Journal Issue: School Readiness: Closing Racial and Ethnic Gaps Volume 15 Number 1 Spring 2005
Although racial and ethnic gaps in educational achievement have narrowed over the past thirty years, test score disparities among American students remain significant. In the 2002 National Assessment of Educational Progress, 16 percent of black and 22 percent of Hispanic twelfth-grade students displayed “solid academic performance” in reading, as against 42 percent of their white classmates.1 Similar gaps exist in mathematics, science, and writing. In response to such findings, policymakers have devised high-profile education initiatives to help schools address these disparities. The No Child Left Behind Act of 2002, for example. explicitly aims at closing achievement gaps. And such policies are important. As Christopher Jencks and Meredith Phillips, two highly regarded social scientists, conclude, “reducing the black-white test score gap would probably do more to promote [racial equality] than any other strategy that commands broad political support.”2
To date, policymakers and practitioners have focused most attention on the gaps in achievement among school-aged children. And yet by many estimates sizable racial and ethnic gaps already exist by the time children enter kindergarten. Indeed, according to one report, about half of the test score gap between black and white high school students is evident when children start school.3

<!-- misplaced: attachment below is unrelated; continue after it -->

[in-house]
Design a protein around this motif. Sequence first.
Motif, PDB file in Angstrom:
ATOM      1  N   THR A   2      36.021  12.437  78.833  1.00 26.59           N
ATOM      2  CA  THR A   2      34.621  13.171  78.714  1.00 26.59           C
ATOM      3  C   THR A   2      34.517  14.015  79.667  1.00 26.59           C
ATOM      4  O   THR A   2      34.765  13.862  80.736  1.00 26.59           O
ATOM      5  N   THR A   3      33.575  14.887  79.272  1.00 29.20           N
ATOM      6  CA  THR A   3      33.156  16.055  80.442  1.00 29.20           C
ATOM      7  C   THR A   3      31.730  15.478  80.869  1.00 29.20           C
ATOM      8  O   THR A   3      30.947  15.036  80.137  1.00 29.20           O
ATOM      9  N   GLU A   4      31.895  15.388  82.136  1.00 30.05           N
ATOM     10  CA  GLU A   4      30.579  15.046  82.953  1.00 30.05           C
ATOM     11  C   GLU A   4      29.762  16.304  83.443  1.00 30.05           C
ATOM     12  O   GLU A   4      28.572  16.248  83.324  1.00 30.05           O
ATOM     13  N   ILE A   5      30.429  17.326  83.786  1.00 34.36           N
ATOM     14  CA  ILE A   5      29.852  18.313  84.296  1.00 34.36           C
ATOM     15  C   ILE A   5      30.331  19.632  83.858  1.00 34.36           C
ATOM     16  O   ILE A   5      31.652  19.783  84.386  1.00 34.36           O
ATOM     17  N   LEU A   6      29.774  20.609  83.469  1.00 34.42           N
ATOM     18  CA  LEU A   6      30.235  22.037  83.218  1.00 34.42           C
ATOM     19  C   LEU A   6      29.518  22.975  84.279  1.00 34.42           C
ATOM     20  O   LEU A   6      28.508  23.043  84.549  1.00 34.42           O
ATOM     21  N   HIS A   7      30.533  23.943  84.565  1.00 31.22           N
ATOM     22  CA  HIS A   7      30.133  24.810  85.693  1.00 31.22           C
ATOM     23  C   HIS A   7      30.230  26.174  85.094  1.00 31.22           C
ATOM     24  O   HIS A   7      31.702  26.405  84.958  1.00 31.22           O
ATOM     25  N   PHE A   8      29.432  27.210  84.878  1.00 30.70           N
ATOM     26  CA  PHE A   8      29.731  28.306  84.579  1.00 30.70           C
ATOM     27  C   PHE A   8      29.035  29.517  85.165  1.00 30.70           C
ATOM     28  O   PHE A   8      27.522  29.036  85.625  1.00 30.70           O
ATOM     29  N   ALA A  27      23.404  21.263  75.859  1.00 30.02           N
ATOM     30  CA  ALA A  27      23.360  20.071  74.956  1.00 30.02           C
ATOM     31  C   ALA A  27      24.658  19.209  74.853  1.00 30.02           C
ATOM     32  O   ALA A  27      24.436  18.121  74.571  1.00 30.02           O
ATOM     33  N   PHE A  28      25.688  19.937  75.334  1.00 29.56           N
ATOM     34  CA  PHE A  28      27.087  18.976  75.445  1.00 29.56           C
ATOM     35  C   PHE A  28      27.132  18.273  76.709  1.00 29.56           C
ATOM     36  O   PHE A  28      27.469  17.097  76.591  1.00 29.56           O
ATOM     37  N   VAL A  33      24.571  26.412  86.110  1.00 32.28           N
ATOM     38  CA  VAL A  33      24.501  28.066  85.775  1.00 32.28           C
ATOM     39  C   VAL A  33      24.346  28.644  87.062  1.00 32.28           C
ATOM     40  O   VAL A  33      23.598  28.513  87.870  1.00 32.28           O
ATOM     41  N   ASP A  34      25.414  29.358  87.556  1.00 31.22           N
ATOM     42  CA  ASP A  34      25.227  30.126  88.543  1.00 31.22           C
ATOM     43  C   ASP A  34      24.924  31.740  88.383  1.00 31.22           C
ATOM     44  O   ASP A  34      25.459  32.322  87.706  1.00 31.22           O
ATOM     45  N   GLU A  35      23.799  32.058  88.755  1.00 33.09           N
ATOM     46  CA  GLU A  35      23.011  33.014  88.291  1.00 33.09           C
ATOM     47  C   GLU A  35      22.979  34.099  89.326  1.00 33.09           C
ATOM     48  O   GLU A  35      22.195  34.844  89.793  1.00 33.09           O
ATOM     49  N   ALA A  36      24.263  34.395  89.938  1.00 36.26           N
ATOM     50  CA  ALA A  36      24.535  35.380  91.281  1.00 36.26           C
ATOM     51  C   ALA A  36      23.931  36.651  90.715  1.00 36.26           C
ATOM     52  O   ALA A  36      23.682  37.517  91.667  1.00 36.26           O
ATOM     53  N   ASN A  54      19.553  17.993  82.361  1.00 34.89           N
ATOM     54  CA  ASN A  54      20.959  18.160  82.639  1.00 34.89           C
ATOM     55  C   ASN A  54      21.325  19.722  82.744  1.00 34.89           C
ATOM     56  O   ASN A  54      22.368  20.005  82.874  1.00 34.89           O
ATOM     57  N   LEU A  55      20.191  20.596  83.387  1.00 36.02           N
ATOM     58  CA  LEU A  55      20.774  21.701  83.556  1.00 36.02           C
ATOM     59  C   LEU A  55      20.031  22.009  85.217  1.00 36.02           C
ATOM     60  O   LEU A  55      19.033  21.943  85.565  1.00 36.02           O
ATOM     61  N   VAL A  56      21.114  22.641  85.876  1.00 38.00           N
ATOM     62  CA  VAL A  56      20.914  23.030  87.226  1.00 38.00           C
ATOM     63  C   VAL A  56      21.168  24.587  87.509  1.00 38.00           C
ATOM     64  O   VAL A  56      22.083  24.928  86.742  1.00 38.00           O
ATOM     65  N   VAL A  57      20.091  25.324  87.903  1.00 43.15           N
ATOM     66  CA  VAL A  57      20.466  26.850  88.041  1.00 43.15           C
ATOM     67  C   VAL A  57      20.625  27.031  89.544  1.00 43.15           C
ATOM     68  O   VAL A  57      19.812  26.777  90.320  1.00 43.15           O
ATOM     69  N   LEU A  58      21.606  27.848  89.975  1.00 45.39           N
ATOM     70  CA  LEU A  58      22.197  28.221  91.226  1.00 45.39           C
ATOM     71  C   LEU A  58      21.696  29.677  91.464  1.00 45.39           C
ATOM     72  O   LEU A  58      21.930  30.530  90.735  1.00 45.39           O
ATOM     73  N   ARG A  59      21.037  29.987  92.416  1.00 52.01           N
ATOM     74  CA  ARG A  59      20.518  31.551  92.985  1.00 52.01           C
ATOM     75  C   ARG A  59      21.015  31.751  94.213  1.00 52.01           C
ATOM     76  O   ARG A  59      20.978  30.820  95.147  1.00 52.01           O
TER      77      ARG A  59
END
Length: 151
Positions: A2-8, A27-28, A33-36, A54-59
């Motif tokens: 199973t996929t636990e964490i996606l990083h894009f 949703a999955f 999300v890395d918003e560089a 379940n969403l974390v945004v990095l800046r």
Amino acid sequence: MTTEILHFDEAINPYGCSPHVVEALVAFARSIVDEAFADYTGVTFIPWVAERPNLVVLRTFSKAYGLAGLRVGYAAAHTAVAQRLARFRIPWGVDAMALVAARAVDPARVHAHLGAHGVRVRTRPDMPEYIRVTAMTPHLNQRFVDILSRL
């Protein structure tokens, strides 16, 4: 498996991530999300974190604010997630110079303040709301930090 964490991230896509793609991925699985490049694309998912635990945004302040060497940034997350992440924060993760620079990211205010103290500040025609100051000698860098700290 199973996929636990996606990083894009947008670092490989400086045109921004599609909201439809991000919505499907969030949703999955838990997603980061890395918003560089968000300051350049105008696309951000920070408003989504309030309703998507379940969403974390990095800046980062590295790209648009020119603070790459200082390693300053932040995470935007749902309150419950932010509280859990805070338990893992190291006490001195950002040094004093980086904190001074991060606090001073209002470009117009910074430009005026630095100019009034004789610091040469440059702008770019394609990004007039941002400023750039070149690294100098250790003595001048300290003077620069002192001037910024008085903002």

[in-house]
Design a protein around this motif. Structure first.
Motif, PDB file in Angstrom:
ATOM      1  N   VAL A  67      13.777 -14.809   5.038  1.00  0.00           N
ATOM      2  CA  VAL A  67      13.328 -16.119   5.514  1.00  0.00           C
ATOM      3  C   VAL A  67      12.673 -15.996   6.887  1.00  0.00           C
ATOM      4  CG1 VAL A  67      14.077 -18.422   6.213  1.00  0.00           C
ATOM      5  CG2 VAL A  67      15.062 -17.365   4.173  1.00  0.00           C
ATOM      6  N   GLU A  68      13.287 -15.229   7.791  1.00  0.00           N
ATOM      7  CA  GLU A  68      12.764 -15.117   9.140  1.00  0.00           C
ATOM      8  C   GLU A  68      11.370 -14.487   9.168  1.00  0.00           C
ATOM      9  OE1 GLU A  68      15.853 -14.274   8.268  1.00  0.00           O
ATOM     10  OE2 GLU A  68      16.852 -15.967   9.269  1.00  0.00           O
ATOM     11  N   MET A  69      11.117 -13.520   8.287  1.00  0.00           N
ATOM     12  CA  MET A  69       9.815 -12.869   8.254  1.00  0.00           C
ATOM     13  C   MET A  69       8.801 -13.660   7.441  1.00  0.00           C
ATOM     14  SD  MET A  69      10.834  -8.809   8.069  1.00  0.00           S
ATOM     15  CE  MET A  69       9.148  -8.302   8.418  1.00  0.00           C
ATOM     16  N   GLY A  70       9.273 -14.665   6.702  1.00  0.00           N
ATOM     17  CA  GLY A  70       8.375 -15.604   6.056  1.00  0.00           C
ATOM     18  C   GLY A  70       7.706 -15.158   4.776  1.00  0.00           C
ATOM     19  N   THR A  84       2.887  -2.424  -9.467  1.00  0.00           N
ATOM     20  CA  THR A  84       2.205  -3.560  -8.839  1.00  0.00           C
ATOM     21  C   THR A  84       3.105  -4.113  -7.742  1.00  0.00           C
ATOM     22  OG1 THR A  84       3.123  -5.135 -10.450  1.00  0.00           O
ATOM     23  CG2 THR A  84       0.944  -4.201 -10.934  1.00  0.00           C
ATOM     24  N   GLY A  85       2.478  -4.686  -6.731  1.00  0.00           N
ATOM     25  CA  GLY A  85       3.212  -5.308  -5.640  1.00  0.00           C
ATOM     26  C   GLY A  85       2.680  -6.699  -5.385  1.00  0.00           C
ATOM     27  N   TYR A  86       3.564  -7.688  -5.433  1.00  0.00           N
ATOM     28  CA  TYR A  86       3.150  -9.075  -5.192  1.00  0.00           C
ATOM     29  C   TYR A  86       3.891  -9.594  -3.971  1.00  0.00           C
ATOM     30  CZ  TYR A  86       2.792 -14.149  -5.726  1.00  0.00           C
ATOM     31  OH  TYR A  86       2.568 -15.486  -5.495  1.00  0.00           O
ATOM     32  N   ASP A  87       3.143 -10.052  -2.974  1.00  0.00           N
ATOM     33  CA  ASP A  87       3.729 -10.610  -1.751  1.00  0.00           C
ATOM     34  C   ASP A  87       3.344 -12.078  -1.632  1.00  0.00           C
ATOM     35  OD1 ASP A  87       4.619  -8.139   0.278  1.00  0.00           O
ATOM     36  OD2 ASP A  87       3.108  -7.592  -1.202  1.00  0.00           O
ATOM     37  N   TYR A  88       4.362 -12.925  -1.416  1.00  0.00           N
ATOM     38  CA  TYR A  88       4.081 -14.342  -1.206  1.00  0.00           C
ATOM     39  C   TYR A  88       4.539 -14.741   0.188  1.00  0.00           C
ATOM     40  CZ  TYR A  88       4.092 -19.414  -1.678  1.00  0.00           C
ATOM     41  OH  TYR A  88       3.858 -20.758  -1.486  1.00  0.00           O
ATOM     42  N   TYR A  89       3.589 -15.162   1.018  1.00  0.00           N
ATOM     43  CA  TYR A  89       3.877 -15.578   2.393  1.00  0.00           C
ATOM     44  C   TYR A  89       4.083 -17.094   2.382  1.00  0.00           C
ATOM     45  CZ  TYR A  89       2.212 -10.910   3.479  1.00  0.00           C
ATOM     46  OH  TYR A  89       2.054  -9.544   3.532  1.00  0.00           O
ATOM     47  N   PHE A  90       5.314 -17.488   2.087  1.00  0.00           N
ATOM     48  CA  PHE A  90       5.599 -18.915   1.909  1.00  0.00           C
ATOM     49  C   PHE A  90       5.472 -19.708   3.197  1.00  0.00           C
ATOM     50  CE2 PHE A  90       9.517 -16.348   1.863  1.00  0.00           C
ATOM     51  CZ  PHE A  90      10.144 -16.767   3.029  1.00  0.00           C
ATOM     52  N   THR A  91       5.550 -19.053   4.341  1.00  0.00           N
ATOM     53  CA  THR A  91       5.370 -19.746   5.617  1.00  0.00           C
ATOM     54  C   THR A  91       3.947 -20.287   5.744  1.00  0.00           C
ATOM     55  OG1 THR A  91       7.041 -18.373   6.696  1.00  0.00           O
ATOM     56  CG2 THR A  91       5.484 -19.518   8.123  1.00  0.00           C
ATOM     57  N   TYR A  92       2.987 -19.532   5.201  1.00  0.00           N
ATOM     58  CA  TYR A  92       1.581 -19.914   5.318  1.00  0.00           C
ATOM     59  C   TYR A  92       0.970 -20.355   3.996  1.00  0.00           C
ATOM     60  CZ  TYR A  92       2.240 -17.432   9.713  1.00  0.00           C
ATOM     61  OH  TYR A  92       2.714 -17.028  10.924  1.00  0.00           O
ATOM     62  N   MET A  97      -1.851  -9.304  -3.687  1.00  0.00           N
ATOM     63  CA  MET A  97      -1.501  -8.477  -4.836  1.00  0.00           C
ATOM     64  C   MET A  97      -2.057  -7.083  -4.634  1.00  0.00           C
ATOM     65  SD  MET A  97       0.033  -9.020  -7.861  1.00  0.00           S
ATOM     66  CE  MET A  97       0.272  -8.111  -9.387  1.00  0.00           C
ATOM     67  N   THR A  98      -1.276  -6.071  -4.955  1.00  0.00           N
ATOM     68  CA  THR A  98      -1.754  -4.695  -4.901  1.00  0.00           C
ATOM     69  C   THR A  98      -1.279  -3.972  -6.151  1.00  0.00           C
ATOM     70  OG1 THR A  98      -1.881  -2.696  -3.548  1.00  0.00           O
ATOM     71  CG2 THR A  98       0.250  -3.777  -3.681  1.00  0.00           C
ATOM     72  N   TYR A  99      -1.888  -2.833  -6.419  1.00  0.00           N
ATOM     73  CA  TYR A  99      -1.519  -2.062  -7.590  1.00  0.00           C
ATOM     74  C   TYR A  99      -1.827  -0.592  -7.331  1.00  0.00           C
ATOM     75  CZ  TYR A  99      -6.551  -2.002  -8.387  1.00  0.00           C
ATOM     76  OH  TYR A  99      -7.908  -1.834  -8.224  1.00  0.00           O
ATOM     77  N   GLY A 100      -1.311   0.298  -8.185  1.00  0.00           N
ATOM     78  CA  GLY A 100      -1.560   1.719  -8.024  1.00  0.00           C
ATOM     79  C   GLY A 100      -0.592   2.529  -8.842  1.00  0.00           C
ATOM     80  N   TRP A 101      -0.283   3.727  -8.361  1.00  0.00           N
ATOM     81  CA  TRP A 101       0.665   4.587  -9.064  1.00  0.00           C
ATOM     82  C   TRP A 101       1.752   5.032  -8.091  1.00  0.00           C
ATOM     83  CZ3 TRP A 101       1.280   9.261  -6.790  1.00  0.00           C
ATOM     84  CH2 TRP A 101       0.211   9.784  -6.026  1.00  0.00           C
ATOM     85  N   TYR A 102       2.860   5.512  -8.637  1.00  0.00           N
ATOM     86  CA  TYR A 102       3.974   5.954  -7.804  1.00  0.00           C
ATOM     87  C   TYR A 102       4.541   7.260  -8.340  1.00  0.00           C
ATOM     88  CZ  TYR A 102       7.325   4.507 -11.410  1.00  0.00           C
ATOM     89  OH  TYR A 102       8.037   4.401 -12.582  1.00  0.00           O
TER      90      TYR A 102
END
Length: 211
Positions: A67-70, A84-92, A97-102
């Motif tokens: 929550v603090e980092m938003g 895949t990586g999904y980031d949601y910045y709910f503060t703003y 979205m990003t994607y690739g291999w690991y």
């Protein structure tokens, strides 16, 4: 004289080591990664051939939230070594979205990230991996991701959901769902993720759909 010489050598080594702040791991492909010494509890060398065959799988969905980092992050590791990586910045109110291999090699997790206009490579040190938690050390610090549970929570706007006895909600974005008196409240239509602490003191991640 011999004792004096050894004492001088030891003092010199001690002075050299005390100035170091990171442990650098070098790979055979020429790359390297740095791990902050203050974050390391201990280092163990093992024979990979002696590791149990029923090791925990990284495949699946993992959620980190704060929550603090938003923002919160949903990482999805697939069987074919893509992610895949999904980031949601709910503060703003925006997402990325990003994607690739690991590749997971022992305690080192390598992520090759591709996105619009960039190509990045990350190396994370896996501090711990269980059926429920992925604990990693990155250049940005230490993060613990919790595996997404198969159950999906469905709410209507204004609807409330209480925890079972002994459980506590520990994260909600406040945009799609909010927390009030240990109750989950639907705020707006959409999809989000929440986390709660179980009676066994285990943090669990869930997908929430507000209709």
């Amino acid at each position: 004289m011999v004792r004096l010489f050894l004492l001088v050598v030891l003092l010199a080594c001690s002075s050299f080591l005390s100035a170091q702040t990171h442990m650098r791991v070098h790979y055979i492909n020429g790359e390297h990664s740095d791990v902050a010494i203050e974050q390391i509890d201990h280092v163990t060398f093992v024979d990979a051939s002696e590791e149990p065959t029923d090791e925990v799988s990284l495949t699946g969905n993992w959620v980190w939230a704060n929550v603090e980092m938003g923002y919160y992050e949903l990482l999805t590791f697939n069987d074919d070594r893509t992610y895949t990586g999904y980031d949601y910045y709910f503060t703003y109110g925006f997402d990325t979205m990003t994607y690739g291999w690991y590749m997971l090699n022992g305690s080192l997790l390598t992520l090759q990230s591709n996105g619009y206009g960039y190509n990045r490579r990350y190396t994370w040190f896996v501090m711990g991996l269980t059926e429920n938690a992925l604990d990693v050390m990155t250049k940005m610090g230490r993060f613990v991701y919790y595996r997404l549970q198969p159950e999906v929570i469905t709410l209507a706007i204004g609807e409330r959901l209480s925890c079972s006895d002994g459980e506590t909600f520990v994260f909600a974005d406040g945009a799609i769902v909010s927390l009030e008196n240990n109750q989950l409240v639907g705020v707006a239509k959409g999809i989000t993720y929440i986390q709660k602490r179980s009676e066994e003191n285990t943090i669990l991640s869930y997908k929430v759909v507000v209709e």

Why is so much attention focused on school-aged children? One reason is the lack of data on younger children. Many large and detailed surveys include only older children, and school-based administrative data necessarily exclude preschoolers. A second reason is that federal, state, and local policy focuses on public education, which has traditionally started with kindergarten. Finally, until recently the lives of preschool children were largely viewed as falling under the purview of the family and outside the scope of public policy.
Nevertheless, research findings and common sense both suggest that what happens to children early in life has a profound impact on their later achievement. The behavioral and academic skills that children bring with them to school not only determine how schools must spend resources but also potentially affect disparities in outcomes. And some analysts argue that attending to disparities in the early years is likely to be cost effective. As Nobel laureate James Heckman notes, evaluations of social programs targeted at children from disadvantaged families suggest that it is easier to change cognition and behavior in early childhood than in adolescence.4
This issue of The Future of Children shines the spotlight on school readiness. In its broadest sense, school readiness includes the readiness of elementary school teachers and staff as well as of children and parents. Yet although schools must be ready for the children who arrive at their doors, in this volume we focus on the skills of the children themselves.